With my tendency toward frugality and
I've done Black Friday shopping maybe 4 or 5 times or so since I've been married (which, I'll remind you is now 9 years). There have been years I've been able to shop and some years where it just hasn't worked out. Prior to having children it was easier to participate even though it's never been "easy" to get up and out of the house at the necesary hour. Since kiddos have entered the picture it's been much more difficult, especially with the hubby's work schedule. I just can't see me taking them out that early in the morning to fight the crowds and stress over keeping them safe to get a semi-good deal. It's more and more unusual that I get to participate in Black Friday for that reason.
Honestly? That's ok with me, especially this year. I had NO desire to go out for Black Friday deals this year. Maybe it was the move to shopping earlier (on Thanksgiving) that got me, but this year I was not only uninterested in the festivities, I was repulsed by them. The whole idea of Black Friday shopping just made me sick. Am I alone here?
Usually I love Black Friday not for the deals (though those are fun) but for the experience. Contrary to normal people, I actually love the crowds. I love being around all the people. I love being part of the shopping while others are shopping and feeling the comraderie of it all. I enjoy the special craziness it takes to get on a motorcycle with your dad at 11pm on Thanksgiving night in your mom's leathers to stay warm in the freezing temperatures to introduce your dad to Black Friday deals at the outlet malls. (was that just mie?) Super fun! I love the idea of walking around through all the people and fighting traffic and waiting in lines.
I'm not being sarcastic. I actually love those things! Though I hate getting out of bed on a cold morning, or any morning before 8 really, I love doing it "for Black Friday". I love that it usually signals the beginning of the Christmas season and what's to come with other holiday festivities. I usually love getting my first pumpkin spice steamer from Starbucks. I love going to my favorite stores and seeing how they've decorated and what deals they have and how other shoppers have left the place a complete mess whether or not I'm actually going to buy something. I just love the passion in it.
This year was different though. I couldn't get myself to get excited over all those things because I realized that the passion and tradition I love so much has turned into something that is destroying the meaning of Christmas. Rather than all that I love about Black Friday, it has turned into an all-out free-for-all where anything goes including violence, to save money on stuff. It's just stuff. And people are out trying to check off all of their Christmas lists. Check them off. I got something for Jim and Bob and Sam and Sara. Check check check check. This year I sensed that it was all about finding something to buy for someone on the list. It felt like a bunch of people making a mad-dash for junk. It is, after-all, just junk.
As a society, have we become more interested in giving something because it's obligatory than because we want to bless someone with a gift? Are we teaching our children to expect people to give us stuff, and to love that stuff more than we love the people who give it? Do we really need a flat screen tv in every room and every video game system and the latest i-device? Really?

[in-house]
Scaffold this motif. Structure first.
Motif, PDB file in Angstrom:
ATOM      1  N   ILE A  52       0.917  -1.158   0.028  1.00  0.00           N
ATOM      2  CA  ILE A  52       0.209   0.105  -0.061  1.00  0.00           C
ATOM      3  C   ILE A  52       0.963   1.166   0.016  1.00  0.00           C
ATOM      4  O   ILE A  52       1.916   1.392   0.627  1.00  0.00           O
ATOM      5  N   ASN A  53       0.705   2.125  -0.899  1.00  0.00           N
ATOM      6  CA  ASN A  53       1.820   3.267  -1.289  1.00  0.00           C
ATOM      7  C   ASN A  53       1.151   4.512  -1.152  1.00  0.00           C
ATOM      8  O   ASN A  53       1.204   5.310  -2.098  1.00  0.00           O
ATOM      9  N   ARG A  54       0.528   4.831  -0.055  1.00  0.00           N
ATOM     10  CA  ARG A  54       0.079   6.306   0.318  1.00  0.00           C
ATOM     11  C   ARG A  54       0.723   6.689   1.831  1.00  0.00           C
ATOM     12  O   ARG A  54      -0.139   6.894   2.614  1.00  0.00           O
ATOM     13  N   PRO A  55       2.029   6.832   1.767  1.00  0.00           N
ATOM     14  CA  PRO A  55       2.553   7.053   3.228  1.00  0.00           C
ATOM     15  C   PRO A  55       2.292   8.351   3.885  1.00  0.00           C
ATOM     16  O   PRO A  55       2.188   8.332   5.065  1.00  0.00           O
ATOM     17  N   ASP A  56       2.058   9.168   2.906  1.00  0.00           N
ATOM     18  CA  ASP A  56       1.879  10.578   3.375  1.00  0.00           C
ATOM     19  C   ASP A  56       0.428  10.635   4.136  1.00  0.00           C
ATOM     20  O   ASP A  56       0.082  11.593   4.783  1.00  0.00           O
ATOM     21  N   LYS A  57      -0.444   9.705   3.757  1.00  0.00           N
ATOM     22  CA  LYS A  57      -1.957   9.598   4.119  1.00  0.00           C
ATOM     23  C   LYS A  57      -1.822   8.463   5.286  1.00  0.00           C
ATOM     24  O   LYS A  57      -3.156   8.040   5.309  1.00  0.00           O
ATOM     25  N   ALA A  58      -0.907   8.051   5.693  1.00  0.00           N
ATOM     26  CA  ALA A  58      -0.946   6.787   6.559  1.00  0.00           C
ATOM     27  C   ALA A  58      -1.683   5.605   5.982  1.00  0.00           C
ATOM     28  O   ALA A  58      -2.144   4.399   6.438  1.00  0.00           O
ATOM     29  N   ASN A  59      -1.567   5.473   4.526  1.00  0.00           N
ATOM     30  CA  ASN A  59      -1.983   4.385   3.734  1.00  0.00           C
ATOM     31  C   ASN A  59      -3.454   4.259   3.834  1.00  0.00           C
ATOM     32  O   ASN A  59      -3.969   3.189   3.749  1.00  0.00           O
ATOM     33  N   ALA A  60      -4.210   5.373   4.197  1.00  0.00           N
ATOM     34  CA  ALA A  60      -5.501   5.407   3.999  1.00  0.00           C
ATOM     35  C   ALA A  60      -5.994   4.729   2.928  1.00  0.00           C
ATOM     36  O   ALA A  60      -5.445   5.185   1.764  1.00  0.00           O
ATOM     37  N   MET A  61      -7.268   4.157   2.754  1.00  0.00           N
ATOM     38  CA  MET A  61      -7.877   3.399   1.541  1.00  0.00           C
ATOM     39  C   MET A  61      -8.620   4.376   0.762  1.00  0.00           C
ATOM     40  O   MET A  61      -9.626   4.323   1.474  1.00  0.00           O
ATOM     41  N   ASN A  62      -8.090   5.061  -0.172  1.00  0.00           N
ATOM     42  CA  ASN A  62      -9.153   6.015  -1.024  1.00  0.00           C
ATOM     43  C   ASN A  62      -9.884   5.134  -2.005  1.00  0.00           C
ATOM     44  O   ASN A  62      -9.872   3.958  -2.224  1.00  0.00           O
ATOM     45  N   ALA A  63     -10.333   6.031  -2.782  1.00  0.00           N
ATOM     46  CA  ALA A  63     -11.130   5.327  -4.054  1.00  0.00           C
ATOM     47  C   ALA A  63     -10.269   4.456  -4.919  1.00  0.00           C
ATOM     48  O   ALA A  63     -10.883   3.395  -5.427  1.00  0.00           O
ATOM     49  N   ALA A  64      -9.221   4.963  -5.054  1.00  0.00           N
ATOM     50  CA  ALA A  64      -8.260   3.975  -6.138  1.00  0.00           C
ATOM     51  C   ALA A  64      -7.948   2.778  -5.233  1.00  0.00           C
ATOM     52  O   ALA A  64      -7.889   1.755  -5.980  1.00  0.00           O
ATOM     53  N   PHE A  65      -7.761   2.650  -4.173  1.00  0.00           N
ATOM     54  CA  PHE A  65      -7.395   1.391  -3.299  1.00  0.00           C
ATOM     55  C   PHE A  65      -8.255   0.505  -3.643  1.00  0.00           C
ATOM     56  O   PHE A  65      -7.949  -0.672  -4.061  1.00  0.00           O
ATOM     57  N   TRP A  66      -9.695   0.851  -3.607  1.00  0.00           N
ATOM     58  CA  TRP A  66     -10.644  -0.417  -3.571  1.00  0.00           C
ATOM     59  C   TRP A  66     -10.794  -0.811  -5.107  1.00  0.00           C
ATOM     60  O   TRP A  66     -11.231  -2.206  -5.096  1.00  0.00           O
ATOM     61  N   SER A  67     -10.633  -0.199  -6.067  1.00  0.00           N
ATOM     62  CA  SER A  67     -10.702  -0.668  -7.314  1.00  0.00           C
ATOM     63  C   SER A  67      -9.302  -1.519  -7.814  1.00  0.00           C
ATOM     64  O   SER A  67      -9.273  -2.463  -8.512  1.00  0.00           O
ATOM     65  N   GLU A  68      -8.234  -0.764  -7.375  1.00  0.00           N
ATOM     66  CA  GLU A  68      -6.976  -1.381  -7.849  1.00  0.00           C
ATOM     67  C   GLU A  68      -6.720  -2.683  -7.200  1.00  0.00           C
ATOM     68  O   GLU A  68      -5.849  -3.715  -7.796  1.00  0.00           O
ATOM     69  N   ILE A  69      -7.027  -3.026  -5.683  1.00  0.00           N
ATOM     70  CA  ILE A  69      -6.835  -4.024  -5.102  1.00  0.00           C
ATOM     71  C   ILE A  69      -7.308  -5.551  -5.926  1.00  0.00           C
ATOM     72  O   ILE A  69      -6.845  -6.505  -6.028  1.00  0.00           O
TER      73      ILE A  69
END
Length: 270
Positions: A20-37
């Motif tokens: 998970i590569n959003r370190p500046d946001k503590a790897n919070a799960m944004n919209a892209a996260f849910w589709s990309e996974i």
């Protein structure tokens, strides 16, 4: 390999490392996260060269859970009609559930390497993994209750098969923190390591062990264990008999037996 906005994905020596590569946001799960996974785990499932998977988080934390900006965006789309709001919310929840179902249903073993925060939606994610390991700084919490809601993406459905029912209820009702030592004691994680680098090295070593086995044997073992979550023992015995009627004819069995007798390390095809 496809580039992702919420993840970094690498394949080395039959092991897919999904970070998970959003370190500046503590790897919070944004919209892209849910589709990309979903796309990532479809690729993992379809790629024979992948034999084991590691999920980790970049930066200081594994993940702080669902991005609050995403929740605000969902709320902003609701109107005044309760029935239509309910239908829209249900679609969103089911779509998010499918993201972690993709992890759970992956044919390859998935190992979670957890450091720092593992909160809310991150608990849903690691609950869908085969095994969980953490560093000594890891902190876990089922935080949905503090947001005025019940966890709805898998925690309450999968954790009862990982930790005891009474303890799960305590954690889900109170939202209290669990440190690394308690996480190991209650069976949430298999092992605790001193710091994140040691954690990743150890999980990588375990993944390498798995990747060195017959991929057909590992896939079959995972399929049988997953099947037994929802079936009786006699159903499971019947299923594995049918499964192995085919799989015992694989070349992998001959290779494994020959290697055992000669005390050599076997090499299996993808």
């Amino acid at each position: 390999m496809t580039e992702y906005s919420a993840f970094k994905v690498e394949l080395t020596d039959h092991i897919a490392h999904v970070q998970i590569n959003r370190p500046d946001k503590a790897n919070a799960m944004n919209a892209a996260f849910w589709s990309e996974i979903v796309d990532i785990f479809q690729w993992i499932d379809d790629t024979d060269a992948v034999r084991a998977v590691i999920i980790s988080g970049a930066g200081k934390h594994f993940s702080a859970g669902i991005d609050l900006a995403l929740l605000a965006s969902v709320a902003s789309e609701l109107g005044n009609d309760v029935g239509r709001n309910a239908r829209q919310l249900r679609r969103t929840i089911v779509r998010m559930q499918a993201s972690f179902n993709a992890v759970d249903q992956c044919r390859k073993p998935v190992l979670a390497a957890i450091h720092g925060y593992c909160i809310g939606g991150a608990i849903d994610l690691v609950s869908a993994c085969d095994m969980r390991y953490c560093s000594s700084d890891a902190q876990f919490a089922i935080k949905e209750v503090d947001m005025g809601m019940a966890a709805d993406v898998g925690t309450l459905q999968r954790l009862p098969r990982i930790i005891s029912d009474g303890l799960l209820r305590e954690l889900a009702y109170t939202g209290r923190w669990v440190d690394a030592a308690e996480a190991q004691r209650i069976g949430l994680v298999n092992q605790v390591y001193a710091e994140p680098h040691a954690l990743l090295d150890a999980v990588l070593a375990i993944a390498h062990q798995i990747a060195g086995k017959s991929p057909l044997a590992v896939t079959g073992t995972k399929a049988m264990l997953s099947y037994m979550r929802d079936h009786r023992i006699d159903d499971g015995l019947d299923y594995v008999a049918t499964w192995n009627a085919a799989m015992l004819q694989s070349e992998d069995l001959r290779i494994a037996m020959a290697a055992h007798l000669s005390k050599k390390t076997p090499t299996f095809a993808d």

Don't get mie wrong. I love giving. I love blessing my children with things their little hearts desire. I love seeing something I know would bless a friend and being able to pick it up at a good deal. I love being able to spend money on other people. I love surprises and watching someone open the gift I carefully picked out just for them. What I don't love is how it feels like we've turned into a society that expects something for nothing, that believes we "deserve" the latest and greatest and demand that others go to great lengths to make us happy with stuff. I don't love that at least on some level we've lost the sentiment behind gift-giving so that its now something we have to do to keep up with the Jones' or prove our love rather than something we do out of a joyful spirit. I don't love that the Christmas season is now feeding a never-full hunger for more stuff rather than getting us closer to the heart of God that sent us the most amazing gift 2000 years ago and that the celebration of that day has turned into a day of debt and consumerism instead of freedom and gratitude.
I did go shopping at night on Black Friday but only because I was out-of-town at the time visiting friends and family and I wanted to leave them with gifts I'd picked out for them, saving the unnecesary cost of shipping. I would have much rather shopped over time, as I felt led to pick out just the right thing for the people I wanted to shop for. I only had a few gifts to buy because I had already started picking out the right gifts months before as I saw things I knew would be a blessing to the special people in my life and I had already brought them with me on our trip.
And we went at night because during the day we took a day trip to the mountains with my parents and kids. We saw the desert and enjoyed creation. We took the kids sledding in snow in the mountains and played with them for hours. We went on a nature hike on a small trail in the mountains to see what we could find - to learn about that area - to play some more. We were together. We had a good time. We could have done it for free (but chose to take a rather expensive tram ride). I'd much rather THAT be our Black Friday tradition from now on.
Treasuring memories, creation, and time-spent with loved ones instead of stuff that will eventually rot away.